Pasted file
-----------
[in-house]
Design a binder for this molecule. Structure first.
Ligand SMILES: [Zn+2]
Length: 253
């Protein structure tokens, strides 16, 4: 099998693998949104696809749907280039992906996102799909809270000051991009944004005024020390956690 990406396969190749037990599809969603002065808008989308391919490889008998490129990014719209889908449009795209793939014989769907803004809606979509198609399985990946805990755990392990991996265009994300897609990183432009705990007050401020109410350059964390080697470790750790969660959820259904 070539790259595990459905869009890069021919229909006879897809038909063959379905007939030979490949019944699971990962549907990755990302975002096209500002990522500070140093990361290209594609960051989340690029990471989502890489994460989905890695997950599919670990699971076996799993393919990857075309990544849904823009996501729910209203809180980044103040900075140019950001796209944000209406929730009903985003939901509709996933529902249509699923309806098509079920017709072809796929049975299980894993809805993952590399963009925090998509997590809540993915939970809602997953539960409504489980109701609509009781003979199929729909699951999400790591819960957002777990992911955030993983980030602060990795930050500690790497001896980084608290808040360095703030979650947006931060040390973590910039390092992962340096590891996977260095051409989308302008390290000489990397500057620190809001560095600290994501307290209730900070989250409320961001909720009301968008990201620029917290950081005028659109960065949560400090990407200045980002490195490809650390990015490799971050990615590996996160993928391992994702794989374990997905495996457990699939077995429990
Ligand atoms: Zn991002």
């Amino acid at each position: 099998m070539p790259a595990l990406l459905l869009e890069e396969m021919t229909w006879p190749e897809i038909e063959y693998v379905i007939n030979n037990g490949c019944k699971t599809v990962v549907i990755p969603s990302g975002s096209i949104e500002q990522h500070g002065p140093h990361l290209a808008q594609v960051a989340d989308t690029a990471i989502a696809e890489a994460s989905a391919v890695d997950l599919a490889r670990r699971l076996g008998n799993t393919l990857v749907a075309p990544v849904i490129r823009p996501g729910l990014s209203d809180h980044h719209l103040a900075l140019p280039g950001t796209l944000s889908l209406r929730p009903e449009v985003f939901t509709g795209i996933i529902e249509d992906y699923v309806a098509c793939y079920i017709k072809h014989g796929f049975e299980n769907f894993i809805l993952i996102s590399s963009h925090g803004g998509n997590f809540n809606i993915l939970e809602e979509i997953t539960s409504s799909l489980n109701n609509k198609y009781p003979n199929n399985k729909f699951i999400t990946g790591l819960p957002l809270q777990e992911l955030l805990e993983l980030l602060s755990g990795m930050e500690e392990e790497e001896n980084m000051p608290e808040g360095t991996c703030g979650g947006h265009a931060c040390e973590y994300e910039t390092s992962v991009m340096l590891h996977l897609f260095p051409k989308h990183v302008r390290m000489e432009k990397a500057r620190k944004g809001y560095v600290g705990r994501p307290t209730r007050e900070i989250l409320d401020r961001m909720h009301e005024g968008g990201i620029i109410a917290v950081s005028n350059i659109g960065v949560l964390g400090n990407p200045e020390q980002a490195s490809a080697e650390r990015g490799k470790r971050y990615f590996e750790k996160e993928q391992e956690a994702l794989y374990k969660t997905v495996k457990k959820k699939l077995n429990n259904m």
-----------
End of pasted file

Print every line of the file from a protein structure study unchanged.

[in-house]
Design a binder for this molecule. Structure first.
Ligand SMILES: [Zn+2]
Length: 253
């Protein structure tokens, strides 16, 4: 099998693998949104696809749907280039992906996102799909809270000051991009944004005024020390956690 990406396969190749037990599809969603002065808008989308391919490889008998490129990014719209889908449009795209793939014989769907803004809606979509198609399985990946805990755990392990991996265009994300897609990183432009705990007050401020109410350059964390080697470790750790969660959820259904 070539790259595990459905869009890069021919229909006879897809038909063959379905007939030979490949019944699971990962549907990755990302975002096209500002990522500070140093990361290209594609960051989340690029990471989502890489994460989905890695997950599919670990699971076996799993393919990857075309990544849904823009996501729910209203809180980044103040900075140019950001796209944000209406929730009903985003939901509709996933529902249509699923309806098509079920017709072809796929049975299980894993809805993952590399963009925090998509997590809540993915939970809602997953539960409504489980109701609509009781003979199929729909699951999400790591819960957002777990992911955030993983980030602060990795930050500690790497001896980084608290808040360095703030979650947006931060040390973590910039390092992962340096590891996977260095051409989308302008390290000489990397500057620190809001560095600290994501307290209730900070989250409320961001909720009301968008990201620029917290950081005028659109960065949560400090990407200045980002490195490809650390990015490799971050990615590996996160993928391992994702794989374990997905495996457990699939077995429990
Ligand atoms: Zn991002």
């Amino acid at each position: 099998m070539p790259a595990l990406l459905l869009e890069e396969m021919t229909w006879p190749e897809i038909e063959y693998v379905i007939n030979n037990g490949c019944k699971t599809v990962v549907i990755p969603s990302g975002s096209i949104e500002q990522h500070g002065p140093h990361l290209a808008q594609v960051a989340d989308t690029a990471i989502a696809e890489a994460s989905a391919v890695d997950l599919a490889r670990r699971l076996g008998n799993t393919l990857v749907a075309p990544v849904i490129r823009p996501g729910l990014s209203d809180h980044h719209l103040a900075l140019p280039g950001t796209l944000s889908l209406r929730p009903e449009v985003f939901t509709g795209i996933i529902e249509d992906y699923v309806a098509c793939y079920i017709k072809h014989g796929f049975e299980n769907f894993i809805l993952i996102s590399s963009h925090g803004g998509n997590f809540n809606i993915l939970e809602e979509i997953t539960s409504s799909l489980n109701n609509k198609y009781p003979n199929n399985k729909f699951i999400t990946g790591l819960p957002l809270q777990e992911l955030l805990e993983l980030l602060s755990g990795m930050e500690e392990e790497e001896n980084m000051p608290e808040g360095t991996c703030g979650g947006h265009a931060c040390e973590y994300e910039t390092s992962v991009m340096l590891h996977l897609f260095p051409k989308h990183v302008r390290m000489e432009k990397a500057r620190k944004g809001y560095v600290g705990r994501p307290t209730r007050e900070i989250l409320d401020r961001m909720h009301e005024g968008g990201i620029i109410a917290v950081s005028n350059i659109g960065v949560l964390g400090n990407p200045e020390q980002a490195s490809a080697e650390r990015g490799k470790r971050y990615f590996e750790k996160e993928q391992e956690a994702l794989y374990k969660t997905v495996k457990k959820k699939l077995n429990n259904m």